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Safeguarding Caribbean lives and livelihoods for regenerative tourism: Surveying the stringency-resiliency nexus in small island tourism economies

Abstract
While the global economy is recovering from the COVID-19 pandemic, the ascent is long and winding, riddled with uncertainty. Caribbean Small Island Tourism Economies (SITES) are in a particularly challenging situation as they weather current conditions and muster the capacity to regenerative tourism. The objective of this study is to explore the relationship between government stringency measures and international reserves as a measure of safeguarding resiliency. The results show that there is a dynamic relationship between stringency and reserve adequacy, which is largely moderated by capital flow management and fiscal support. Contrary to popular belief that there is a tradeoff between preserving livelihoods and saving lives, the findings suggest that there is an optimum level of stringency controls at which point both lives and livelihoods are safeguarded, albeit contingent on swift and coordinated macroeconomic and tourism policy execution, in addition to adequate (pre-crisis) reserve buffers and fiscal space. These findings underscore the importance of structural policies for regenerative tourism within the context of strengthening small island tourism economic resiliency.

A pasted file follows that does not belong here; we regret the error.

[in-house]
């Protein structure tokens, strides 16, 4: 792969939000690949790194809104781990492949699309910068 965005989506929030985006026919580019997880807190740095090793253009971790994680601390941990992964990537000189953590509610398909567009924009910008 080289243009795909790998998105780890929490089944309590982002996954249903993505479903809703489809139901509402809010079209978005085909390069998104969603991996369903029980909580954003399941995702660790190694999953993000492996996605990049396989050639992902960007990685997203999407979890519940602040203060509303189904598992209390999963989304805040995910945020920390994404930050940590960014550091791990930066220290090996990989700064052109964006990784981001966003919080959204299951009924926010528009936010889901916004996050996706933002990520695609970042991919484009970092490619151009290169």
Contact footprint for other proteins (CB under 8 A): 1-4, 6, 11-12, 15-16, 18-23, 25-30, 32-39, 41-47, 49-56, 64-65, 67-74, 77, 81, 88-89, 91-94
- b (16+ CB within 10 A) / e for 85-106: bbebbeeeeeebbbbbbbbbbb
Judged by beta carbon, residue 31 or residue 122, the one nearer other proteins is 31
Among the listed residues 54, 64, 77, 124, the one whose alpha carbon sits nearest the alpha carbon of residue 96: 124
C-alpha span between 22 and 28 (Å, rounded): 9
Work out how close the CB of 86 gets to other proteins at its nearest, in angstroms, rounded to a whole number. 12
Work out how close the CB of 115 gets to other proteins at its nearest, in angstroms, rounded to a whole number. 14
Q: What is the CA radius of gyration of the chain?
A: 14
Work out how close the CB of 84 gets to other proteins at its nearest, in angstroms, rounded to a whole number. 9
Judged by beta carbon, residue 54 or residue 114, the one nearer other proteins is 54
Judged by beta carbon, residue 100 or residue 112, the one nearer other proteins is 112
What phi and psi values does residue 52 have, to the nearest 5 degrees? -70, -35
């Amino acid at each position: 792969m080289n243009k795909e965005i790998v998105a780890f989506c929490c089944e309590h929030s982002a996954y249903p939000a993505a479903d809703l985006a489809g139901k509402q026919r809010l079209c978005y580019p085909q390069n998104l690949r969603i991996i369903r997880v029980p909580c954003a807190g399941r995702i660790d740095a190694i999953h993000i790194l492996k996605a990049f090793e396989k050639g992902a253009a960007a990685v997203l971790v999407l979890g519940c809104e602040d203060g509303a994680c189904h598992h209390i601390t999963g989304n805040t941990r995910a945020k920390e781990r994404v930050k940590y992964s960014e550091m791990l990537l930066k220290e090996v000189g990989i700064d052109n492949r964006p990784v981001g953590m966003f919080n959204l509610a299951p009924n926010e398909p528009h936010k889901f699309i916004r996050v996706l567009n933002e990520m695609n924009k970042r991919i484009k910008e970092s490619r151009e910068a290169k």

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Date
2022
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